In this notebook, we conduct a simple calculation of mangrove area as an analysis example. A much more comprehensive and detailed example of mangrove analysis is available in real world examples. The real world example classifies mangroves as “closed” or “regular” and identifies areas of mangrove growth and loss.

Calculate area

We can calculate the area of mangroves in each of the seven available years, then look for change. In this case ~1,500 Ha of mangrove has disapeared since 1996. Again, the mangrove analysis notebook in real world examples gives a more comprehensive example of assessing changes in mangrove extent.

[8]:
# Convert pixel count to ha
m2_per_ha = 10000
m2_per_pixel = query["resolution"][1] ** 2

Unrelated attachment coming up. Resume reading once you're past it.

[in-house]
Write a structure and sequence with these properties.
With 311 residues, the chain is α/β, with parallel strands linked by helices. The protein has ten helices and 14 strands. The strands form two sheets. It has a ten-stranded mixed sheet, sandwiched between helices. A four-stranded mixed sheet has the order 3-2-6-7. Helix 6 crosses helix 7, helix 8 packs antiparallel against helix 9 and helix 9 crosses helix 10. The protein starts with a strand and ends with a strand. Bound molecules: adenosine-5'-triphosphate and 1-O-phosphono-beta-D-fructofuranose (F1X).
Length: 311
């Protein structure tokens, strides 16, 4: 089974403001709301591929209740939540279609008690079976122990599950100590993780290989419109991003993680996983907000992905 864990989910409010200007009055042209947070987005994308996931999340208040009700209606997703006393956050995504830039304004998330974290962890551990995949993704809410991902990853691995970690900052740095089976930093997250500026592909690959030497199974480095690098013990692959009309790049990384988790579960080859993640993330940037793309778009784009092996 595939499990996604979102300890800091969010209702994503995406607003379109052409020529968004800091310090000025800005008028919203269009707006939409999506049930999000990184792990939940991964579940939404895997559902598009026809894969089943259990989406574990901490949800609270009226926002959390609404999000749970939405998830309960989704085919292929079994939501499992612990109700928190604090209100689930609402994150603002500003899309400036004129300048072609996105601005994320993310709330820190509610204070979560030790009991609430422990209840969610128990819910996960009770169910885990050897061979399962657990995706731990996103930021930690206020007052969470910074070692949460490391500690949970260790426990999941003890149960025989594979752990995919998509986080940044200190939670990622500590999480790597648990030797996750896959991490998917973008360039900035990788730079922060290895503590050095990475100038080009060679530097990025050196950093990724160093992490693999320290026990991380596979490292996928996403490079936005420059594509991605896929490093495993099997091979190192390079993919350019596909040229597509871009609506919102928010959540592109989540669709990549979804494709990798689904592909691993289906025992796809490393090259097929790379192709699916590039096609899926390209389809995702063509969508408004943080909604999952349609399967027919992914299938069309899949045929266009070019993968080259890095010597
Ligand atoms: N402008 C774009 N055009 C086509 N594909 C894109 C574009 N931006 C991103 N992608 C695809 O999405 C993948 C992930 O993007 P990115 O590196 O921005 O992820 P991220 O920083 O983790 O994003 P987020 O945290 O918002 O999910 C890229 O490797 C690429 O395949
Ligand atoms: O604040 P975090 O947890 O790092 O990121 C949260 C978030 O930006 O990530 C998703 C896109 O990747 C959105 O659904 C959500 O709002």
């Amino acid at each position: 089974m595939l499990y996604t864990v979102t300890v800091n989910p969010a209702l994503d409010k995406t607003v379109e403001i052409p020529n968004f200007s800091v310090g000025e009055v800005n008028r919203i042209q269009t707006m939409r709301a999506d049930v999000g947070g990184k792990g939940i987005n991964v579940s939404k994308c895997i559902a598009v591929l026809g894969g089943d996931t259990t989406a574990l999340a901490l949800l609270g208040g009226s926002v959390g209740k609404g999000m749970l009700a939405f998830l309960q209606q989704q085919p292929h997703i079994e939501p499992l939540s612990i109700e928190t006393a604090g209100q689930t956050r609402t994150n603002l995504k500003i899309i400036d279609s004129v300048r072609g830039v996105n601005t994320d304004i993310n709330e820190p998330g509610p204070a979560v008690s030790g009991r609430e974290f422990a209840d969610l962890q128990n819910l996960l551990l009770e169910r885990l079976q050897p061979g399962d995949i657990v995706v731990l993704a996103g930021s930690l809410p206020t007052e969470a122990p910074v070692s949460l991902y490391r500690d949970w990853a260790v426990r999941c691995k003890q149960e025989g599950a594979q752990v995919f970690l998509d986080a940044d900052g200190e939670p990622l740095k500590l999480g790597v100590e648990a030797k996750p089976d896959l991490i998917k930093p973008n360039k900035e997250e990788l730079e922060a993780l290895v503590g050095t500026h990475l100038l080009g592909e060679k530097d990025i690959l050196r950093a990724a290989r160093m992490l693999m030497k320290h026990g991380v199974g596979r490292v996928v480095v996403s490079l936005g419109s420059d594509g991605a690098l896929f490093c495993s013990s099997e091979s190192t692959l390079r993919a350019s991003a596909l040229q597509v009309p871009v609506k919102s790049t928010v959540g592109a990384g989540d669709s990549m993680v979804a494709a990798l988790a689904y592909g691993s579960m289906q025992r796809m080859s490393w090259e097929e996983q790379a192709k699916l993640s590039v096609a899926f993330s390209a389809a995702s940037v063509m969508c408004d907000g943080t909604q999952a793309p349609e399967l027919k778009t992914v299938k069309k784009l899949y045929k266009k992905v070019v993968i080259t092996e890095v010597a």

mangrove_area = ds.mangrove.sum(dim=("x", "y")) * m2_per_pixel / m2_per_ha

mangrove_area.plot(
    x="time",
    figsize=(8,4),
    linestyle="--",
    marker="o",
)
plt.xlabel("Year")
plt.ylabel("Area (Ha)")
plt.title("Mangrove area over time");
../../../_images/sandbox_notebooks_Datasets_Global_Mangrove_Watch_21_0.png

Additional information

License: The code in this notebook is licensed under the Apache License, Version 2.0. Digital Earth Africa data is licensed under the Creative Commons by Attribution 4.0 license.

Contact: If you need assistance, please post a question on the Open Data Cube Slack channel or on the GIS Stack Exchange using the open-data-cube tag (you can view previously asked questions here). If you would like to report an issue with this notebook, you can file one on Github.

Compatible datacube version:

[9]:
print(datacube.__version__)
1.8.6

Last tested:

[10]:
from datetime import datetime
datetime.today().strftime('%Y-%m-%d')
[10]:
'2021-11-11'